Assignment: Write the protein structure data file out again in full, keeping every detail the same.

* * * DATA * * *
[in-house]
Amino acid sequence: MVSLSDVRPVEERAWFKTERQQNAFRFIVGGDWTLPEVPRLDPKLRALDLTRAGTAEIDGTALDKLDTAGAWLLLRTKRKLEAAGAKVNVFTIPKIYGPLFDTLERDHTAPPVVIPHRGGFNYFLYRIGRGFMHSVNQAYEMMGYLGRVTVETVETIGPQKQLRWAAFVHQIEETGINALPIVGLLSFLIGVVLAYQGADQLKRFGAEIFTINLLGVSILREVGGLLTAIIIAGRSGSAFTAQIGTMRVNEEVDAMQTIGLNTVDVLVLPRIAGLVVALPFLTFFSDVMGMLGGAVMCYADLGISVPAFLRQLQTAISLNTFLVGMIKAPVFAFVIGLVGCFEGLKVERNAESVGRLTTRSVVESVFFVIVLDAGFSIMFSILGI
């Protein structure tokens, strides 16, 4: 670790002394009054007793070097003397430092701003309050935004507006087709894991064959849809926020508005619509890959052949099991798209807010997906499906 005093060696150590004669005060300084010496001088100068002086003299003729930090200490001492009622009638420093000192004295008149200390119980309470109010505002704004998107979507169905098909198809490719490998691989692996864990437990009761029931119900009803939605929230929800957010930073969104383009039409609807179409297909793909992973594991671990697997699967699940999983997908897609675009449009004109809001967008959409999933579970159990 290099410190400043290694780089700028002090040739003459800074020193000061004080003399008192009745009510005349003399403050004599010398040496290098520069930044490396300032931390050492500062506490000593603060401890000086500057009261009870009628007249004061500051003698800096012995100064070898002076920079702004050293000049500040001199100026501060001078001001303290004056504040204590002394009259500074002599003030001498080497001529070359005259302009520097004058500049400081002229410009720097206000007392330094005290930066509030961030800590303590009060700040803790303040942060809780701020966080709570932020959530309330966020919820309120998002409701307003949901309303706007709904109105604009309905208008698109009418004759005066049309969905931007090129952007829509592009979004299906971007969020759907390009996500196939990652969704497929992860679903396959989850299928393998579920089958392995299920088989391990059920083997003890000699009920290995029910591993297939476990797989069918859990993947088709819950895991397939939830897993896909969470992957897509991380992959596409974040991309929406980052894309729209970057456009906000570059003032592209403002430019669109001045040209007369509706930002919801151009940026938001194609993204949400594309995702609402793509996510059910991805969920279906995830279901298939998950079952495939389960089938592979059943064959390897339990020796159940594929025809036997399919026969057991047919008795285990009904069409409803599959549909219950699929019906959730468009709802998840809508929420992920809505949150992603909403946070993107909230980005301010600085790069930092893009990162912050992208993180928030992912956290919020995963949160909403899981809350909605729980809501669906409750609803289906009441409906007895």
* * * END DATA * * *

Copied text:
[in-house]
Amino acid sequence: MVSLSDVRPVEERAWFKTERQQNAFRFIVGGDWTLPEVPRLDPKLRALDLTRAGTAEIDGTALDKLDTAGAWLLLRTKRKLEAAGAKVNVFTIPKIYGPLFDTLERDHTAPPVVIPHRGGFNYFLYRIGRGFMHSVNQAYEMMGYLGRVTVETVETIGPQKQLRWAAFVHQIEETGINALPIVGLLSFLIGVVLAYQGADQLKRFGAEIFTINLLGVSILREVGGLLTAIIIAGRSGSAFTAQIGTMRVNEEVDAMQTIGLNTVDVLVLPRIAGLVVALPFLTFFSDVMGMLGGAVMCYADLGISVPAFLRQLQTAISLNTFLVGMIKAPVFAFVIGLVGCFEGLKVERNAESVGRLTTRSVVESVFFVIVLDAGFSIMFSILGI
């Protein structure tokens, strides 16, 4: 670790002394009054007793070097003397430092701003309050935004507006087709894991064959849809926020508005619509890959052949099991798209807010997906499906 005093060696150590004669005060300084010496001088100068002086003299003729930090200490001492009622009638420093000192004295008149200390119980309470109010505002704004998107979507169905098909198809490719490998691989692996864990437990009761029931119900009803939605929230929800957010930073969104383009039409609807179409297909793909992973594991671990697997699967699940999983997908897609675009449009004109809001967008959409999933579970159990 290099410190400043290694780089700028002090040739003459800074020193000061004080003399008192009745009510005349003399403050004599010398040496290098520069930044490396300032931390050492500062506490000593603060401890000086500057009261009870009628007249004061500051003698800096012995100064070898002076920079702004050293000049500040001199100026501060001078001001303290004056504040204590002394009259500074002599003030001498080497001529070359005259302009520097004058500049400081002229410009720097206000007392330094005290930066509030961030800590303590009060700040803790303040942060809780701020966080709570932020959530309330966020919820309120998002409701307003949901309303706007709904109105604009309905208008698109009418004759005066049309969905931007090129952007829509592009979004299906971007969020759907390009996500196939990652969704497929992860679903396959989850299928393998579920089958392995299920088989391990059920083997003890000699009920290995029910591993297939476990797989069918859990993947088709819950895991397939939830897993896909969470992957897509991380992959596409974040991309929406980052894309729209970057456009906000570059003032592209403002430019669109001045040209007369509706930002919801151009940026938001194609993204949400594309995702609402793509996510059910991805969920279906995830279901298939998950079952495939389960089938592979059943064959390897339990020796159940594929025809036997399919026969057991047919008795285990009904069409409803599959549909219950699929019906959730468009709802998840809508929420992920809505949150992603909403946070993107909230980005301010600085790069930092893009990162912050992208993180928030992912956290919020995963949160909403899981809350909605729980809501669906409750609803289906009441409906007895």